Just because you have spinal cord injury doesn’t mean you’ll never have fun again. There are lots of activities for spinal cord injury patients!
Have you ever started walking on a treadmill only to stop after 10 minutes because you’re bored to death?
There’s a reason why people like to play sports and do activities to get their daily exercise in. It’s because you’re having so much fun that it doesn’t even feel like work.
Beneficial Activities for Spinal Cord Injury Patients
Staying physically active is great for maintaining your health and preventing spasticity.
Here’s a list of activities so entertaining that you might even forget you have spinal cord injury.
1. Go to the Pool!
Remember when you were a kid and did lots of flips and handstands in the pool?
That’s because the water reduces most of the impact on your legs, making you feel weightless.
The same idea applies to spinal cord injury patients. You probably won’t be able to swim, but can definitely try to stand or walk.
Practicing muscle movement and balance inside a pool is super helpful because you don’t have all your weight bearing down on you.
You don’t even have to move much! Leisurely floating and splashing around is always fun.
However, if you want to get more active, water aerobics is a great option for spinal cord injury patients.
Yoga is amazing for toning, increasing muscle strength, and flexibility. This makes it one of the best activities for spinal cord injury patients.
It’s all about alignment between your mind and body.
Considering that spinal cord injury is literally a disruption in the alignment of your body, it totally makes sense why you might consider doing some yoga to readjust.
It consists of breathing, meditation, and physical exercises so it’s an all-in-one activity with many benefits.
We’ve said it before and we’ll say it again, recovery is a mind game as much as it’s a physical one.
Yoga is proven to reduce cortisol levels, which means less stress, anxiety, and depression.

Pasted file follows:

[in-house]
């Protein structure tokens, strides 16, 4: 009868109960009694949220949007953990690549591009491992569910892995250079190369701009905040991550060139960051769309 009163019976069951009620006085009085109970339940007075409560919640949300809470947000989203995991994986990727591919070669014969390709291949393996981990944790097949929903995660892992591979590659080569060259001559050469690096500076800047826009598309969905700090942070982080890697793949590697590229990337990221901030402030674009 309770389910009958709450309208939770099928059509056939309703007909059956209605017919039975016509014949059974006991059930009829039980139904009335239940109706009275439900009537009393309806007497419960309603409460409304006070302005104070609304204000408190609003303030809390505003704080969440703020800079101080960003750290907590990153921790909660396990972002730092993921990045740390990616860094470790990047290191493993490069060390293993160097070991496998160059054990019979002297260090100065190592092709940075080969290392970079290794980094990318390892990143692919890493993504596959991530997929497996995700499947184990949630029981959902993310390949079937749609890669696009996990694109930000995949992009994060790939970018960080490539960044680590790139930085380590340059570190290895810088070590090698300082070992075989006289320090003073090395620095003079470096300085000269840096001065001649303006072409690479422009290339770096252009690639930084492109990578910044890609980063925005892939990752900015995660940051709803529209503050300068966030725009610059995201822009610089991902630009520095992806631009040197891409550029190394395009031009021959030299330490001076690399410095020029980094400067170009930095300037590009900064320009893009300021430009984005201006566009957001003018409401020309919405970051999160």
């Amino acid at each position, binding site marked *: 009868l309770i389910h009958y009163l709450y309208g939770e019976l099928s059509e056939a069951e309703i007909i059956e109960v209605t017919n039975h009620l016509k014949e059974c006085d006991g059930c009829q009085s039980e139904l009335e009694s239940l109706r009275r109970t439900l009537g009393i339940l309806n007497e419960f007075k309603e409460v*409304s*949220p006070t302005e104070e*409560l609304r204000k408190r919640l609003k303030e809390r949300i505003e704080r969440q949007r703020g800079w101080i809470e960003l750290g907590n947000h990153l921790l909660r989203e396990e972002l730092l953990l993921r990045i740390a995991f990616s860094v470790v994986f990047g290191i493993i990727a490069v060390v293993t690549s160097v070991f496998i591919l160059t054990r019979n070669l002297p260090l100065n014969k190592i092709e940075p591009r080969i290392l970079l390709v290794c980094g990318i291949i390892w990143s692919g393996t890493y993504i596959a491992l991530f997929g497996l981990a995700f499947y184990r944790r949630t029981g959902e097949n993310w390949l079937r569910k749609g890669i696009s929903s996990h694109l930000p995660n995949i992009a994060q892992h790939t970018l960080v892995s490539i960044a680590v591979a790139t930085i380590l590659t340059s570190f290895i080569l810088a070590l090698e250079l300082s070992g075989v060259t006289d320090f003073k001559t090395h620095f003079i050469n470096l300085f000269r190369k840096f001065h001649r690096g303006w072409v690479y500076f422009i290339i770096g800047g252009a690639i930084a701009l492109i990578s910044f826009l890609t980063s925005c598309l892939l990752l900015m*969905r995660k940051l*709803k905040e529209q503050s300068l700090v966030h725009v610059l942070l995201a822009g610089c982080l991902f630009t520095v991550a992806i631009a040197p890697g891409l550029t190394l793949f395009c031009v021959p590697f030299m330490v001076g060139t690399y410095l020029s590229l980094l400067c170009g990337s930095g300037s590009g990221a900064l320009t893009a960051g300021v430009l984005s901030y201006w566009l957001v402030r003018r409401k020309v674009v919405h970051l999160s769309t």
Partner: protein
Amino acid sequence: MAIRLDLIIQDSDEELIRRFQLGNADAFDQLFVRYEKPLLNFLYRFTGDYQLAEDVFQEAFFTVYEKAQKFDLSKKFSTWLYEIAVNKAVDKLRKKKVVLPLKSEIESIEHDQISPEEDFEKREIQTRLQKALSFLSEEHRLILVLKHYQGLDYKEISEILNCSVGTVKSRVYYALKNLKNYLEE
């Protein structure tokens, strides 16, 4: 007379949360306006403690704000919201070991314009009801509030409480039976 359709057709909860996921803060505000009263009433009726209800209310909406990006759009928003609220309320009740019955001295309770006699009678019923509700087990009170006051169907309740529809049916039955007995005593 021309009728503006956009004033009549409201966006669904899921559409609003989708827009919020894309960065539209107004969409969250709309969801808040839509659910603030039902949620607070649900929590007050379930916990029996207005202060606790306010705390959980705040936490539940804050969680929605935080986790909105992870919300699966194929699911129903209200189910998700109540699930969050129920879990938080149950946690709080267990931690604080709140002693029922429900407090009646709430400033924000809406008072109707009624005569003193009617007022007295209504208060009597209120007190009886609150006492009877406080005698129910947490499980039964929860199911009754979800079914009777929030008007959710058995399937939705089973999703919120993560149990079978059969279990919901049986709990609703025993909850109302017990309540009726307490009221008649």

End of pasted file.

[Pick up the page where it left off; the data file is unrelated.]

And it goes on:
Yes, you read that right.
You might think that playing with a heavy bowling ball seems counter-intuitive for someone with spinal cord injury, but it’s actually a great way to have some fun outside of the house.
Choosing a ball that is too heavy is the main reason why someone might experience back pain while bowling. All you have to do is use a lighter ball.
The lightest bowling balls are usually 6 lbs and will add a little resistance so you can get strength training.
Bowling requires a lot of back, shoulder, arm, and hip movement so it’s essential that you stretch before.
Learning how to swing the bowling ball is probably the most difficult part, but can also prove beneficial. You’re essentially teaching yourself how to balance at different positions. A strong core will help develop your sense of balance.
If you’re unable to swing the ball, a ball ramp (pictured above) will do all the hard work for you. It makes it so much easier to control the ball and all you have to do is push it!
Who doesn’t love to dance? Blast some of your favorite music and move what you can!
This is such an easy and effortless activity for anyone, but it’s beneficial for spinal cord injury patients because they’re practicing movement without even thinking about it.
The more you dance, the more likely your body will get accustomed to certain movements. This can help with neuroregeneration and coordination.
Archery was one of the first sports to be used as remedial exercise for those with paraplegia.
It trains your arm, shoulder, and trunk muscles, which has proven to help restore an upright position.
Archery is a sport that people with paraplegia can compete in just as well as any non-disabled person.
Even if you don’t have complete feeling in your upper body, you can still do archery with a specialized glove or extension splint.
It’s great for developing hand-eye coordination and muscle memory because you’re repeating a technique that requires a lot of focus.
See? There’s lots of activities for spinal cord injury patients!
You may need to adjust how you do it, but spinal cord injury should not discourage you from participating in all your favorite activities.
Can’t walk? Get a wheelchair! Can’t reach? An arm extension tool can help!
Involving yourself in the activities you love will help you stay positive and relieve stress.